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We often encourage readers to get their free annual credit reports, learn to read them, check them for errors and dispute any information that is inaccurate. It sounds so simple. But readers tell us that getting information corrected — or even keeping it corrected — isn’t always easy.

Our reader JG found errors, disputed them, and now has a fully corrected credit report. His credit report had a wrong date of birth and a $20,000 balance on a credit card that actually had a balance of zero — and had for a year. JG’s credit score was 715 as a result of the mistakes, he says. That score has now risen to 786. JG did not say which credit score he was looking at — and that matters. Using one of the scores used in Credit.com’s Credit Report Card (a free tool that updates two of your scores every month), JG’s scores would have dropped from the “excellent” range down to near the bottom of the “good” range.) JG’s question: “Do I have any recourse?”

We asked consumer lawyer Leonard Bennett. His answer? Maybe.

The Impact of Credit Report Errors

First, a wrong date of birth is unlikely to have much impact on JG’s credit scores since age is not a factor used to calculate scores. However, the error does suggest JG’s files may be mixed with someone else’s, and it should be addressed.

But a $20,000 balance reported on a credit card that actually had a zero balance could most certainly send JG’s credit scores sliding. One factor used to calculate a credit score is credit utilization, or the percentage of available credit a person is using. For most of us, a $20,000 balance would noticeably increase our credit utilization. It’s a good idea to keep that number no higher than 25% or so; lower than 10% is even better.

Correcting the reports “after a year and multiple disputes may not fully remedy the damage done,” Bennett said. The key is harm done. Did JG lose out on a mortgage because the lender required a higher score? Did he have to pay a higher interest rate on a car loan? Those would be examples of damage suffered because of the error. “If there were disputes made and rejected or uncorrected, there is still a private right of action for the period during which the inaccuracy continued,” Bennett said in an email.

Another reader, “bocajim,” said his wife can’t seem to get a black mark off her credit report due to insurance the lender charged her after her loan was paid off.  Since the loan on the property in question has been paid off, the insurance was not necessary to protect the lender. But they billed it for her anyway. It appears they agreed to remove the insurance after she complained but reported her late for not making payments on her already-paid-off loan while the problem was being straightened out.  The bank has agreed by phone to take the mark off, but nothing has happened, bocajim said. “It’s like the banks can do whatever they want with no recourse,” he commented.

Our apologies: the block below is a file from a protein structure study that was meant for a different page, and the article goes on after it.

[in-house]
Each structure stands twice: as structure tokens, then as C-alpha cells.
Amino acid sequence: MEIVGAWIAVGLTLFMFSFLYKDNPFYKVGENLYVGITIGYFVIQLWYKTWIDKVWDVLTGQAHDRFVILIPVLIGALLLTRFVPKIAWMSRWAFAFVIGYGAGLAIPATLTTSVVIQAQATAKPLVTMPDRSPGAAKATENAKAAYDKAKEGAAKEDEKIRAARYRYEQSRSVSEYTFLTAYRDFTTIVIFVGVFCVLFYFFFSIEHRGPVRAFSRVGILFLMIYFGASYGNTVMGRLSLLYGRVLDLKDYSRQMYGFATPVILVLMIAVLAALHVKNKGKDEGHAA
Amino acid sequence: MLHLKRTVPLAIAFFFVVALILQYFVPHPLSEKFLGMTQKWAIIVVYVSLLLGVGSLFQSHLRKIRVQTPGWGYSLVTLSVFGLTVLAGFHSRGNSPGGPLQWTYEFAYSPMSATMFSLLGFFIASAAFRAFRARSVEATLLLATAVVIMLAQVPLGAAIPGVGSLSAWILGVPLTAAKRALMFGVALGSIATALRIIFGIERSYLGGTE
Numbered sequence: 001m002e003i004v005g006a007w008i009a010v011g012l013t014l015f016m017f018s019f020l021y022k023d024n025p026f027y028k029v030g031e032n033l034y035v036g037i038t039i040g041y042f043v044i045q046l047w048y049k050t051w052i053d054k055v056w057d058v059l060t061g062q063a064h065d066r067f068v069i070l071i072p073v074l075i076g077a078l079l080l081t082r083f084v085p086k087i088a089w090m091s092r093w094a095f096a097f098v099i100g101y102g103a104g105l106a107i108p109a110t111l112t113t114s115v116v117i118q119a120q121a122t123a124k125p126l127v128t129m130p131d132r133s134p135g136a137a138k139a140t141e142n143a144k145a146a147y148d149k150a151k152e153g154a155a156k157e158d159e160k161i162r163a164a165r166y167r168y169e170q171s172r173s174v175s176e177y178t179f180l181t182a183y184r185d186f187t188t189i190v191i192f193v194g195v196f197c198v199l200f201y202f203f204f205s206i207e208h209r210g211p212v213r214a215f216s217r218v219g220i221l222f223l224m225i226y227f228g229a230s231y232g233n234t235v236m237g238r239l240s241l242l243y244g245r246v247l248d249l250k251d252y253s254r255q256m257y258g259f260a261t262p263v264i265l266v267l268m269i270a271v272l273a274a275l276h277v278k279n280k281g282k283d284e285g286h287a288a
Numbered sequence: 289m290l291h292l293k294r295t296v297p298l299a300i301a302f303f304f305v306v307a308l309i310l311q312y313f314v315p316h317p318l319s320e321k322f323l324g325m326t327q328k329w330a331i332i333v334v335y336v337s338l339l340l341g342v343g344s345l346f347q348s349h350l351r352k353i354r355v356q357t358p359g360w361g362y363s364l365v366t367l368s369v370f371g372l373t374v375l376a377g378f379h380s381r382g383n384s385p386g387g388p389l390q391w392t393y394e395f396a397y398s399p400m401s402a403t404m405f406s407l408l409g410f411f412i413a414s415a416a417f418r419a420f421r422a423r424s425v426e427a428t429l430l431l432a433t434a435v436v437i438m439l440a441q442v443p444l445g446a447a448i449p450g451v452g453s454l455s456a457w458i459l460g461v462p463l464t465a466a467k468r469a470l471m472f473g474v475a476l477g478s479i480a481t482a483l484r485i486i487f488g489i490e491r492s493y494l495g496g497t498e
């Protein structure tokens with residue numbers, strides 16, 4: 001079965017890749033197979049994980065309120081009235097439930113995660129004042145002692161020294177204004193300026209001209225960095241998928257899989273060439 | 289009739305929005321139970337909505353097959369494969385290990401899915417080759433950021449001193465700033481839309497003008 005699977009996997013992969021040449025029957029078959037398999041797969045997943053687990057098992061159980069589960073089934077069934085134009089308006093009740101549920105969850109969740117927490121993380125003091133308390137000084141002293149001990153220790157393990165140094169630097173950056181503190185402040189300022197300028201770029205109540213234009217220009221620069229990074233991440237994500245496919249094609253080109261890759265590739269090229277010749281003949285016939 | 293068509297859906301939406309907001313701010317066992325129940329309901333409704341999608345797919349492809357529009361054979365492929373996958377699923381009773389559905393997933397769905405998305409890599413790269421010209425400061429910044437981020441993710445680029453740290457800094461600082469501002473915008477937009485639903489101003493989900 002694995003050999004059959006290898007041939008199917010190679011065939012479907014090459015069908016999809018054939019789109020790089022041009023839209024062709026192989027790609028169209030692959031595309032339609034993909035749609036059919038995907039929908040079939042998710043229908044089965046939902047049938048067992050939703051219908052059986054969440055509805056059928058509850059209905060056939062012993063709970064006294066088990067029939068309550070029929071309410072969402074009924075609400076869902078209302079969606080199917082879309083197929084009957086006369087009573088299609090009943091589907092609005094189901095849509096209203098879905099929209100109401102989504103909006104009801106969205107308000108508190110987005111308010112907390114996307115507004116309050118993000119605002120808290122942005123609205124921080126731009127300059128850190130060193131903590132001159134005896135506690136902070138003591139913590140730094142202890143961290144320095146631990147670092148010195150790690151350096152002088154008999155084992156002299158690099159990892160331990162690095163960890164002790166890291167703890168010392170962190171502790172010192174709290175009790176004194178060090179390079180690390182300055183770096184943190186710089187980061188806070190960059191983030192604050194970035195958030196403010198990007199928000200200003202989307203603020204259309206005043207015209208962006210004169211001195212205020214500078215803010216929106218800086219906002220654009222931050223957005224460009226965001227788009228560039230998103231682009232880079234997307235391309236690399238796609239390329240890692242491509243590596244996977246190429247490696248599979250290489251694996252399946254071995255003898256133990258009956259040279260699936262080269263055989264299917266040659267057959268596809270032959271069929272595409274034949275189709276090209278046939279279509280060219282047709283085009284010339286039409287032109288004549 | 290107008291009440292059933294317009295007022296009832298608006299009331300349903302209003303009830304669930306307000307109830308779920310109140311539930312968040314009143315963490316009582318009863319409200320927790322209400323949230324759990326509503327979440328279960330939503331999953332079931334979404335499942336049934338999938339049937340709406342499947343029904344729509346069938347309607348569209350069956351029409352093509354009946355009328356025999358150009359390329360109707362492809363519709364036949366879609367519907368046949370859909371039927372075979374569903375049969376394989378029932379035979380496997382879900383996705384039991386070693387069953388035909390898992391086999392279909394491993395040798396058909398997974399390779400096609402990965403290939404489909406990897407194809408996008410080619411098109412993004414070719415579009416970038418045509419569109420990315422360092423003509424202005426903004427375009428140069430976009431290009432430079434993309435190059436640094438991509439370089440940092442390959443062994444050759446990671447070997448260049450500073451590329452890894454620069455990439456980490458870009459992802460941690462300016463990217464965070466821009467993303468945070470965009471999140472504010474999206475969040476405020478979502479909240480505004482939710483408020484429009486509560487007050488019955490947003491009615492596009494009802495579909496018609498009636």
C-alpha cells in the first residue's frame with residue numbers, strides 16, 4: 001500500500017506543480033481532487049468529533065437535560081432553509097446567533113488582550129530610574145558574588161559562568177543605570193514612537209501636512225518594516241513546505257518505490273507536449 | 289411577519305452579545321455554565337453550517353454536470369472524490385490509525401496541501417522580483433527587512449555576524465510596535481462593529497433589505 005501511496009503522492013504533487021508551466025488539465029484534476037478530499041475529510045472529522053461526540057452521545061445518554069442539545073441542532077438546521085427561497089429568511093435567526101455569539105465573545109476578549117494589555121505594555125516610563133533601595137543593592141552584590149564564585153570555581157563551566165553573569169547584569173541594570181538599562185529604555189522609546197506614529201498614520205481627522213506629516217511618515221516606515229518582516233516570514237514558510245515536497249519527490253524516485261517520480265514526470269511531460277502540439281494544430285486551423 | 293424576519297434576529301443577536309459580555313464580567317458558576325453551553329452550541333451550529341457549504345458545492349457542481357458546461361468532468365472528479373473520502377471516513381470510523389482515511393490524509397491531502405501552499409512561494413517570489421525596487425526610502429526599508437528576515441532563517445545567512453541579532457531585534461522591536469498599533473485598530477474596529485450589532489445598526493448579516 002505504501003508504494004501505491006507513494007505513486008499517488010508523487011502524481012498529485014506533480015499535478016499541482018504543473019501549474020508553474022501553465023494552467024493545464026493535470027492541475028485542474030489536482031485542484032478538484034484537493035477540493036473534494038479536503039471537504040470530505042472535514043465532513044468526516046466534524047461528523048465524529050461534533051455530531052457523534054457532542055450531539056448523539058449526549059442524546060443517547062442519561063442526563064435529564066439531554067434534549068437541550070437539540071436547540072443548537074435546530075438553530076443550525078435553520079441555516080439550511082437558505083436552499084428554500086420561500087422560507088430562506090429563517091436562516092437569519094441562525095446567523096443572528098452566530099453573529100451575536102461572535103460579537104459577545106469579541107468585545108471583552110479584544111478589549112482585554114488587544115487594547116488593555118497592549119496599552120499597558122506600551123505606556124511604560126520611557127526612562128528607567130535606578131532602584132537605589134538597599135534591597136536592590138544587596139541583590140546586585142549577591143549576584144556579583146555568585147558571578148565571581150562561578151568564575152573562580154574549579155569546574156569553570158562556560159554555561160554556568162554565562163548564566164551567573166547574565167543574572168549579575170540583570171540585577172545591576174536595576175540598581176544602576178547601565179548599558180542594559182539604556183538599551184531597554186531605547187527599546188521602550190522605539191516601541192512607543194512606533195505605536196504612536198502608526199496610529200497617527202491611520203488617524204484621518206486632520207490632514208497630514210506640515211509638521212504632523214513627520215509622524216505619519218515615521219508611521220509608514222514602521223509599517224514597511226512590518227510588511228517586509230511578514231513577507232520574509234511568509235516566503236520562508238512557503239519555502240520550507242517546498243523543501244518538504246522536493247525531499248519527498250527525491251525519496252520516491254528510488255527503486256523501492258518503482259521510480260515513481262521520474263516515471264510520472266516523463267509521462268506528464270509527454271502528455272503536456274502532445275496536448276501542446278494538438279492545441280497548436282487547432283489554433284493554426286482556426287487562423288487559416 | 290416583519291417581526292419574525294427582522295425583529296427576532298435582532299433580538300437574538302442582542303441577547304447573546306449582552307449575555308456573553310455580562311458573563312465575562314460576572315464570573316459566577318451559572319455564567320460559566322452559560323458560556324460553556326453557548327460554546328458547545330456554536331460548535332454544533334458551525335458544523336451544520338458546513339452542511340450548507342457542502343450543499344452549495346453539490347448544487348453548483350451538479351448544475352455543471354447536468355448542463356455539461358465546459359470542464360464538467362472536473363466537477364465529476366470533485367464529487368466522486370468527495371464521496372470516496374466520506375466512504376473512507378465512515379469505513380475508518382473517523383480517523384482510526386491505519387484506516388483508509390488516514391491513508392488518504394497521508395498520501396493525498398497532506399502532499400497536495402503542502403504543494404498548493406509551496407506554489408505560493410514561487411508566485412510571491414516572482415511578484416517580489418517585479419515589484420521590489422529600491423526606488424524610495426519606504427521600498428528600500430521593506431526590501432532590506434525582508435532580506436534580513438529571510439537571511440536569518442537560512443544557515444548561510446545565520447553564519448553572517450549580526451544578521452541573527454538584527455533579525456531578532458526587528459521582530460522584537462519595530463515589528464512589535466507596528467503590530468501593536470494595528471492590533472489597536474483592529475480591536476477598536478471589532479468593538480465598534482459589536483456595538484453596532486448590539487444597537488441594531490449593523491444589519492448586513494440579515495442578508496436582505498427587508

Bennett said that in this case, claims could be made against the bank and the credit reporting agencies. “As always, it would depend on the specific dispute facts — the details and substance in the dispute letters; the accuracy of the consumer’s factual assertions and possibly any damages from the inaccuracy,” he said.

What To Do About Credit Report Mistakes

There are several lessons to be learned from these stories:

  1. Review your credit reports periodically to make sure they are accurate. At a minimum, review your free credit reports each year.
  2. Monitor your credit scores. That way you’ll be able to see what impact any mistakes have on your credit scores.
  3. Keep excellent written records of your disputes. Letters sent via certified mail, return receipt requested, can be very helpful. In addition, if you are turned down for credit or charged more as a result of an error on your reports, keep the letter that explains that.
  4. If you try unsuccessfully to straighten out a mistake, consider getting help. You can file a complaint with the Consumer Financial Protection Bureau or talk with a consumer law attorney if you can’t fix the problem on your own.

More on Credit Reports and Credit Scores:

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